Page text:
New ASHRAE position document reveals increased potential for ammonia 

By Caixia Mao, Nov 21, 2014, 16:17 3 minute reading

With the restrictions on CFC, HCFC and many HFC refrigerants having re-focused attention on ammonia, in July 2014 ASHRAE updated its “Position Document on Ammonia as a Refrigerant”, emphasising the important role that ammonia can play as an alternative to CFC, HCFC, HFO and HFC refrigerants. The document states that ASHRAE considers that the continued use of ammonia is necessary for food preservation and air conditioning, and that ammonia will likely find broader applications than cu

In line with the growing interest in ammonia as a refrigerant ASHRAE aims to  play a leading role in supporting the wider application of ammonia refrigeration. The updated ammonia position document confirms that ASHRAE will promote ammonia through authoritative information in seminars and publications as well as continue research on ammonia related topics. ASHRAE will also continue to develop voluntary standards and guidelines for the practical and safe application of ammonia and to provide advice to government and code officials. 
Huge potential for ammonia as a refrigerant 
Ammonia has a long history in refrigeration, which started with the development of the vapour-compression refrigeration cycle. Thanks to its superior thermodynamic properties and low cost, it remains the preferred refrigerant for industrial refrigeration systems, when used both by itself, and in cascade systems with carbon dioxide - a technology that is being increasingly used. 
In addition to its application in industrial refrigeration, ammonia is also used in thermal storage systems, HVAC chillers, process cooling and air conditioning, district cooling systems, supermarkets convenience stores, air conditioning for the international space station and biosphere II and increasing output efficiencies for power generation facilities.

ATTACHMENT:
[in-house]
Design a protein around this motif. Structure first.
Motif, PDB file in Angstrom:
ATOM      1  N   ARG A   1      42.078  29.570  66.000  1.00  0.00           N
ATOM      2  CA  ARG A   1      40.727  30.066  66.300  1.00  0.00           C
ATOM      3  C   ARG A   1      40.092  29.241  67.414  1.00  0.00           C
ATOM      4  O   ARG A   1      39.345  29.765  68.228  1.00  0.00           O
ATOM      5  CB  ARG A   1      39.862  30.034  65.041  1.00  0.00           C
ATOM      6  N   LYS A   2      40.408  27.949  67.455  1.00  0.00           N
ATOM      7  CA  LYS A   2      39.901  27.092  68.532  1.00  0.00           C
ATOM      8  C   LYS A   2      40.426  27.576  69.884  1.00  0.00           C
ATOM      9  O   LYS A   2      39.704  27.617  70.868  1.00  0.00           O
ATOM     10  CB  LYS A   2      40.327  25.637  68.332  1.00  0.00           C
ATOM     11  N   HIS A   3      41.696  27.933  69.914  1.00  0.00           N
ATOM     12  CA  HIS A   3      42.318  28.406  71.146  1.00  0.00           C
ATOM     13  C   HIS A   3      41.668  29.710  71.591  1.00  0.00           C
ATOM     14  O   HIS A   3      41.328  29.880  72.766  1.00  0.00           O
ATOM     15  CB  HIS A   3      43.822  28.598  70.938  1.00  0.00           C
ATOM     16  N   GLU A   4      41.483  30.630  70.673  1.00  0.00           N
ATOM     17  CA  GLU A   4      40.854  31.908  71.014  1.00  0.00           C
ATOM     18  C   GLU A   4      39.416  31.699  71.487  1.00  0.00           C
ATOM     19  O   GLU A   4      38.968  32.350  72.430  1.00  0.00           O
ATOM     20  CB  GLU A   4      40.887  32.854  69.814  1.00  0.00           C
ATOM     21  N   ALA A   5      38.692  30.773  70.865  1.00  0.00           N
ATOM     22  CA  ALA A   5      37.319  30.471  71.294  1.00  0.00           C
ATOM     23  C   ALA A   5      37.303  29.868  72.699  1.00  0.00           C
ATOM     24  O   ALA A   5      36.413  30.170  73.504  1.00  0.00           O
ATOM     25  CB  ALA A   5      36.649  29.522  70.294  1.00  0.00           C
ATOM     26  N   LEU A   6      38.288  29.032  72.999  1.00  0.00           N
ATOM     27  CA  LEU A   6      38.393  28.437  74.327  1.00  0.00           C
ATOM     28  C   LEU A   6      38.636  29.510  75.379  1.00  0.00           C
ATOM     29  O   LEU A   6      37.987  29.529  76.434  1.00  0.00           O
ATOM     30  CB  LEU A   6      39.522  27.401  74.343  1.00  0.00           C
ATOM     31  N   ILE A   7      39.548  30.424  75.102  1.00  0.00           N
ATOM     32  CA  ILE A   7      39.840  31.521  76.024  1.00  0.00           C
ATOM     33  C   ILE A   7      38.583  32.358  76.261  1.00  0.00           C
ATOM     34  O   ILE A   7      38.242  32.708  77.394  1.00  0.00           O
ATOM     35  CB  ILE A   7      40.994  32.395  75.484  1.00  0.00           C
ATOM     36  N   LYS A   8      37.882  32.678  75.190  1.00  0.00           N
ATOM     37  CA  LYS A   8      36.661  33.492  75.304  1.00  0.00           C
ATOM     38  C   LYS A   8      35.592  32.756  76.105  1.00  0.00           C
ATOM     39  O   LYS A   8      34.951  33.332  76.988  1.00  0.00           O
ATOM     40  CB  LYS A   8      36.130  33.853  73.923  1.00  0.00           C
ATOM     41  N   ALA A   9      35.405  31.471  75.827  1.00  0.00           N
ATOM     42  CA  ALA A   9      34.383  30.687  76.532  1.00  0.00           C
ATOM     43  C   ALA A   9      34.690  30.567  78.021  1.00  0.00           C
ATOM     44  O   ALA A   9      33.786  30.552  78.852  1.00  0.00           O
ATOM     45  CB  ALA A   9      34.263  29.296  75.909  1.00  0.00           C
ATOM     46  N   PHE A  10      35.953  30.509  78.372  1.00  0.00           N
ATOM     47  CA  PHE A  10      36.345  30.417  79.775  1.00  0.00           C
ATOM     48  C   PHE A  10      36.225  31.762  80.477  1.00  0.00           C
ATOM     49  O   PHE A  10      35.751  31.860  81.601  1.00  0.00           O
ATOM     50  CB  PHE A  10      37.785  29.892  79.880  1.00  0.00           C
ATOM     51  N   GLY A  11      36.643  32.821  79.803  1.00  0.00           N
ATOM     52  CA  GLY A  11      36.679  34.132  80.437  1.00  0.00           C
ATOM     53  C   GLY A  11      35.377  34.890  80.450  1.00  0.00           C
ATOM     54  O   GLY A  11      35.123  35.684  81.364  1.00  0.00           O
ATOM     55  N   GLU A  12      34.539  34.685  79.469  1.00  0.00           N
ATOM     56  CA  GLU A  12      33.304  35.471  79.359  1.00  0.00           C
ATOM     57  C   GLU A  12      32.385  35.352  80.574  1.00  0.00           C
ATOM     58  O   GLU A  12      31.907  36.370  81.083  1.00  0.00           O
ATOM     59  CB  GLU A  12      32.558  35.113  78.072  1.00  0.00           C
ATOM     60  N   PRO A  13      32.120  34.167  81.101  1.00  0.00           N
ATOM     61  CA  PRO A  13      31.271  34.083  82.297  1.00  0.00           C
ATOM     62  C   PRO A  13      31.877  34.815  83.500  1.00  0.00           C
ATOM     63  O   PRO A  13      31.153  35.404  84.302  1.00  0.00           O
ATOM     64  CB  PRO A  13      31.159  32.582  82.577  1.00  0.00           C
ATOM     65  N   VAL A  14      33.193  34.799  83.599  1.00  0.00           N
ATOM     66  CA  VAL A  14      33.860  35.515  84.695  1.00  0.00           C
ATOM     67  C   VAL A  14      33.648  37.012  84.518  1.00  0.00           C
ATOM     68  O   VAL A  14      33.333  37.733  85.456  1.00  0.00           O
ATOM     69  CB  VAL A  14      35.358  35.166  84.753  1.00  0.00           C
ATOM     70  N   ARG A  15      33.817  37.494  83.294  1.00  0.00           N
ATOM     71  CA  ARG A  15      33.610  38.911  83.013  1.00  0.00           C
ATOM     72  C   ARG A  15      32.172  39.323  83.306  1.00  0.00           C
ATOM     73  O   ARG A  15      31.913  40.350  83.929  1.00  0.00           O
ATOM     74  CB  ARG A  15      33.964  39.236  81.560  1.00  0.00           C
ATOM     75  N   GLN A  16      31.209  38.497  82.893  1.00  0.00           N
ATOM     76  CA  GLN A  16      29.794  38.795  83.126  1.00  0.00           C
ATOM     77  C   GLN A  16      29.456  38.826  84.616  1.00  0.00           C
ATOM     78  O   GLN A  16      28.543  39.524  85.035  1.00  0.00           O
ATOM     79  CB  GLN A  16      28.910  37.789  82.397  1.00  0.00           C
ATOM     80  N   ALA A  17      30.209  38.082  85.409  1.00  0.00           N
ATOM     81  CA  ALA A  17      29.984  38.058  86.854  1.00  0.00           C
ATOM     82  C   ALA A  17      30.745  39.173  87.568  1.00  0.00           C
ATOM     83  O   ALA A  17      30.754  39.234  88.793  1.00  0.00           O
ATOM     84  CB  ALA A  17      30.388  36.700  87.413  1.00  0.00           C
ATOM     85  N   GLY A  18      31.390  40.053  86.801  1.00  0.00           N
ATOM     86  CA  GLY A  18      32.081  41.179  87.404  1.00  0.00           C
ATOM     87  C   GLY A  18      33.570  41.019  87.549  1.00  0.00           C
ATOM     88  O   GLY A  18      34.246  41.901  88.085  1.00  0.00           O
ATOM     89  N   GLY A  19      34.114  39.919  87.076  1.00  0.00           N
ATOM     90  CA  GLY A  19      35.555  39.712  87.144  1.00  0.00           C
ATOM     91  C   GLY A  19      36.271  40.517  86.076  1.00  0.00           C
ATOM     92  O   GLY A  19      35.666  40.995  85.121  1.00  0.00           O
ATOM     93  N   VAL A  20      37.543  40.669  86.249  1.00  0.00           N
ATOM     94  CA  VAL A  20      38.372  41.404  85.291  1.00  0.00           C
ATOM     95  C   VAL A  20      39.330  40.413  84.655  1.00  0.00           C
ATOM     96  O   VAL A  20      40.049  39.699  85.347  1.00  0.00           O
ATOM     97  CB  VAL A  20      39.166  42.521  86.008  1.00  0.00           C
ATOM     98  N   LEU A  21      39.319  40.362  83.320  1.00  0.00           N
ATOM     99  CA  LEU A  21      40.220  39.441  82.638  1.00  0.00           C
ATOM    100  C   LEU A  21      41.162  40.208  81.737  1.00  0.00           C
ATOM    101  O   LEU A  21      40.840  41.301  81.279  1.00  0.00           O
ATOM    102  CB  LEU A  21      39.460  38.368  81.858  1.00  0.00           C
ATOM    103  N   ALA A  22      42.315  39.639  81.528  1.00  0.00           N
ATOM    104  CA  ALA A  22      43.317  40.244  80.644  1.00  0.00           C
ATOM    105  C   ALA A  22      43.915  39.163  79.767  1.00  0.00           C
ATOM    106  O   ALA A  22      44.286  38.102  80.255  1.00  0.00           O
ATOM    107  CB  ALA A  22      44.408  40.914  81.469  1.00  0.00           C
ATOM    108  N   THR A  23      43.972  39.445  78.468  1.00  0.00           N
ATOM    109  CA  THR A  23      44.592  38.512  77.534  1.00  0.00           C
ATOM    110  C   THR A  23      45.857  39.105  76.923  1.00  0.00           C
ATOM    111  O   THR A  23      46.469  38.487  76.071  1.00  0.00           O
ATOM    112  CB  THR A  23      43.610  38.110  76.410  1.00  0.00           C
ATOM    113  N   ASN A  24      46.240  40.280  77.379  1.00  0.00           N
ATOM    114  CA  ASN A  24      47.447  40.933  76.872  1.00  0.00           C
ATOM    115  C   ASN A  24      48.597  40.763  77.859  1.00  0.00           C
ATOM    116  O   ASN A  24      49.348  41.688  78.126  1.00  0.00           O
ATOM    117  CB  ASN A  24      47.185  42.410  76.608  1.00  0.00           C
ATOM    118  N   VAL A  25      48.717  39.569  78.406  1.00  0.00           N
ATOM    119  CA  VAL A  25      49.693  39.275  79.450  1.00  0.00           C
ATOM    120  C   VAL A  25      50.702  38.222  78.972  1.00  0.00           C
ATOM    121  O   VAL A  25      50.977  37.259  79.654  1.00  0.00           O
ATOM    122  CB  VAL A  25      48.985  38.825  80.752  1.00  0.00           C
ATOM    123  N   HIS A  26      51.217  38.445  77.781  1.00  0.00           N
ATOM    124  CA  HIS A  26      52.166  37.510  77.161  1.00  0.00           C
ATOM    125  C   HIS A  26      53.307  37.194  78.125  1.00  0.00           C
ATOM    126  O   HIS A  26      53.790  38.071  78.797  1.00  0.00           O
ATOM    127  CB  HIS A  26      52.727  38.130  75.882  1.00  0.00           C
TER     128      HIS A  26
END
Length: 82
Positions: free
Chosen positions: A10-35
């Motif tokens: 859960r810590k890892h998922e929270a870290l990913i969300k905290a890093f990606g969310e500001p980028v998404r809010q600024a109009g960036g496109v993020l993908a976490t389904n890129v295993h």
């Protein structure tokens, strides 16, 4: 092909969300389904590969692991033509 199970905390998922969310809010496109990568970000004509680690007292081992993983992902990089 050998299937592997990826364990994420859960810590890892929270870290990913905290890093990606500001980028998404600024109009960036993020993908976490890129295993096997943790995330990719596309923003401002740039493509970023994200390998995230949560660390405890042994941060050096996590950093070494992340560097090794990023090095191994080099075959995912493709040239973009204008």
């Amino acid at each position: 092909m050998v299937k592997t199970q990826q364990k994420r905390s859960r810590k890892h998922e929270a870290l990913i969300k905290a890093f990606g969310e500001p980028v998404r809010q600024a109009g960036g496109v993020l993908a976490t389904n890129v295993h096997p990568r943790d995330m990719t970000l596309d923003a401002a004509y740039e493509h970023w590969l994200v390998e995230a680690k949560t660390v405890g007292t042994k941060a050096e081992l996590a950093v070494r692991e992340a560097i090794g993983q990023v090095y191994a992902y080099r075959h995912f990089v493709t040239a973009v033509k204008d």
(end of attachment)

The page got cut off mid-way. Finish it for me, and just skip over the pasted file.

According to ASHRAE, from a purely economic analysis, without unnecessary regulatory burdens, ammonia should find even broader applications as a refrigerant. 

ASHRAE plays leading role in research and standards development  
In order to actively support the proper use of ammonia as a refrigerant ASHRAE will: 
  • Promote authoritative information on ammonia by seminars and publications
  • Continue research on ammonia topics such as handling, application, operation, control of emissions and new technology
  • Maintain and develop standards and guidelines for practical and safe application of ammonia in refrigeration systems
  • Provide programs and publication of innovative designs and application of ammonia refrigeration
  • Advise governments and code officials with information regarding ammonia.
With regards to research, in 2013-2014 the Society approved funding totalling nearly $3 million (€2.4 million), a significant amount of which was dedicated to  projects related to alternative refrigerants, include ammonia. The most recent ASHRAE research plan for projects that involve ammonia totals approximately $650,000 (€520,000).  
In the development of voluntary standards and guidelines governing the application and use of refrigerants, including ammonia, ASHRAE has developed  technical requirements widely adopted by other organisations into various codes and regulations. ASHRAE developed standards of note for ammonia refrigeration include:
  • ANSI/ASHRAE Standard 34-2013, Designation and Safety Classification of Refrigerants16
  • ANSI/ASHRAE Standard 15-2013, Safety Standard for Refrigeration System
  • Standard 34, which classifies ammonia as a Group B2L refrigerant due to its toxicity and flammability 
  • Standard 15, which establishes the requirements for safely applying ammonia in refrigeration systems.

Current restrictions on ammonia applications to be revised
Very stringent local toxic gas ordinances are applied to ammonia, and these can be very restrictive for its wider ammonia application. 
The paper suggests that the application of Process Safety Management (PSM) and Risk Management Programs (RMP) must be refined and tailored to avoid imposing unreasonable and overly burdensome barriers on new and existing ammonia refrigeration systems.
What is more, the Code Interaction Subcommittee of ASHRAE’s Standards Committee should review proposed fire and mechanical codes that could affect ammonia refrigeration applications. 
ASHRAE was founded in 1894, a global society that aims to advance human wellbeing through sustainable technology for the built environment. The Society and its members focus on building systems, energy efficiency, indoor air quality, refrigeration and sustainability within the industry. 


By Caixia Mao

Nov 21, 2014, 16:17

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